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Quaternary Basin Evolution and Basaltic Volcanism of Crater Flat, Nevada, From Detailed Ground Magnetic Surveys of the Little Cones
John A. Stamatakos, Charles B. Connor and Ronald H. Martin
The Journal of Geology
Vol. 105, No. 3 (May 1997), pp. 319-330
Published by: The University of Chicago Press
Stable URL: http://www.jstor.org/stable/10.1086/515926
Page Count: 12
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Ground magnetic surveys of the Quaternary (0.77‐0.98 Ma) Little Cones and surrounding areas of southern Crater Flat, Nevada, reveal detailed images of buried basaltic lava flows not evident from surface exposures. Magnetic maps derived from these surveys show an apron of buried lava extending radially up to 300 m from the center of the two cones. Modeling of the anomalies indicates burial of the lava apron by up to 15 m of alluvium on top of approximately 10 m thick lava flows. From these results, we estimate a volume >0.01 km3 of volcanic material for the Little Cones, comparable to the more completely exposed and similarly aged Red and Black Cones of central Crater Flat. Partial burial of the Little Cones by alluvium, in contrast to the exposed flows associated with Red and Black Cone, suggests differential subsidence of the southern part of the basin in the Quaternary. This pattern of subsidence is consistent with recent structural studies that show increased slip toward the south on major normal faults within and adjacent to the eastern and western margins of the basin. The depth of burial indicates sediment accumulation rates of approximately 0.03 mm/yr, similar to rates since the Miocene (Tortonian) based on the thickness of alluvium above 10.0 to 11.5 Ma basalts in the USW VH‐2 drill hole. These comparatively rapid sedimentation rates suggest that other Quaternary and Pliocene volcanic centers may be buried in southern Crater Flat without surface expression.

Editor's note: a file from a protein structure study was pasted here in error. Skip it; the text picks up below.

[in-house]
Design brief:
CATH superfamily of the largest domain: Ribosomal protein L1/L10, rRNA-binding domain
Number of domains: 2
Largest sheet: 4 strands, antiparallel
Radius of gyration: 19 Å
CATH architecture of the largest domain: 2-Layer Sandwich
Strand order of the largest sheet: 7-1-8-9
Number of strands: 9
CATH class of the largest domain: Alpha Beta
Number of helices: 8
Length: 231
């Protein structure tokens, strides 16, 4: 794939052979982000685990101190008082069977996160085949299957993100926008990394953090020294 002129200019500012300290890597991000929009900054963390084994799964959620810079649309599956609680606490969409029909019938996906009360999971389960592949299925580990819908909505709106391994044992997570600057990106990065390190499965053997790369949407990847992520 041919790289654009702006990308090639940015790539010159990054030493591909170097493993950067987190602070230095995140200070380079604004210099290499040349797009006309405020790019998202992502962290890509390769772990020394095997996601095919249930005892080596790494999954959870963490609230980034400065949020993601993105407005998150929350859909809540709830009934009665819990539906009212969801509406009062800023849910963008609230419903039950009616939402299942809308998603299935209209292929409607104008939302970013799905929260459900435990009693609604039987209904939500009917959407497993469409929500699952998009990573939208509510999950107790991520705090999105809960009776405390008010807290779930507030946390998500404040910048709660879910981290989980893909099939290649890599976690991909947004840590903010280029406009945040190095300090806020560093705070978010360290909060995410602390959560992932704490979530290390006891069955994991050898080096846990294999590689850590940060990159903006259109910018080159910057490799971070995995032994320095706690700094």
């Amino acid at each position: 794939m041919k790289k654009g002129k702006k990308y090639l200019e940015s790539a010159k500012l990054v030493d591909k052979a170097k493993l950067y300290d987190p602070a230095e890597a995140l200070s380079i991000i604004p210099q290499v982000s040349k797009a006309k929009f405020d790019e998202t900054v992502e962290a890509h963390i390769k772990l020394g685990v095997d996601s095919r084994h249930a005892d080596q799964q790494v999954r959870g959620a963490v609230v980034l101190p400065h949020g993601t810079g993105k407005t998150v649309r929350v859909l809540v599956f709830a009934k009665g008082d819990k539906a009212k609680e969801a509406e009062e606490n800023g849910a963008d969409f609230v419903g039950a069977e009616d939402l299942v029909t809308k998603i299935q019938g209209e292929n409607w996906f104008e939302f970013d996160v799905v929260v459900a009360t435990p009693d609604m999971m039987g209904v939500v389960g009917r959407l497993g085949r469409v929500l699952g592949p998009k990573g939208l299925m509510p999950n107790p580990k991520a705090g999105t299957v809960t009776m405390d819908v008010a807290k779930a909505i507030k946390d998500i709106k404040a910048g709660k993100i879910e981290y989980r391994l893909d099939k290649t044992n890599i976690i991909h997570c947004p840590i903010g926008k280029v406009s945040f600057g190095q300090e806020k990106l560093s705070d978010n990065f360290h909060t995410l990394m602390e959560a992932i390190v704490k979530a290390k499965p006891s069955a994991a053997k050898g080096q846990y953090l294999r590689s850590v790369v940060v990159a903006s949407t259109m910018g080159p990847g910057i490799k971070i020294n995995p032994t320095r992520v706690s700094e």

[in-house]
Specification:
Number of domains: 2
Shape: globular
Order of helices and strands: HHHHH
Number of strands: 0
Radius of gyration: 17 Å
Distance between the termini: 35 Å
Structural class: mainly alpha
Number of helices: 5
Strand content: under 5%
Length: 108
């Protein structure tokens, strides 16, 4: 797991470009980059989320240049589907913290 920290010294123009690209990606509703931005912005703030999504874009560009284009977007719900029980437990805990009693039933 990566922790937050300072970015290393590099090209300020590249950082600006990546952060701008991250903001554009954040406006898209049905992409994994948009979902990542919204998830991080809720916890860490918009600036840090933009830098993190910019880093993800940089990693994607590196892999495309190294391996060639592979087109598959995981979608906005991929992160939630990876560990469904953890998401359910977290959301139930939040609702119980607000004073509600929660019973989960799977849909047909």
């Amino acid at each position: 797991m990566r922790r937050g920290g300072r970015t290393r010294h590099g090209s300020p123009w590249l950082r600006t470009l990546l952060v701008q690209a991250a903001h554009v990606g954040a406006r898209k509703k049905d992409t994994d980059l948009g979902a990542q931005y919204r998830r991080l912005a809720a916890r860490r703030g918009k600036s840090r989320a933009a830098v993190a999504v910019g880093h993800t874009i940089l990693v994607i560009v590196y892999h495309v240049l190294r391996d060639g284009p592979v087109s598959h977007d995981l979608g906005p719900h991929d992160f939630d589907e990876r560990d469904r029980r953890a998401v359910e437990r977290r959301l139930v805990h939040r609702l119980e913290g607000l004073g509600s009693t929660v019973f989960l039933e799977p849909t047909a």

© 1997 by The University of Chicago. All rights reserved.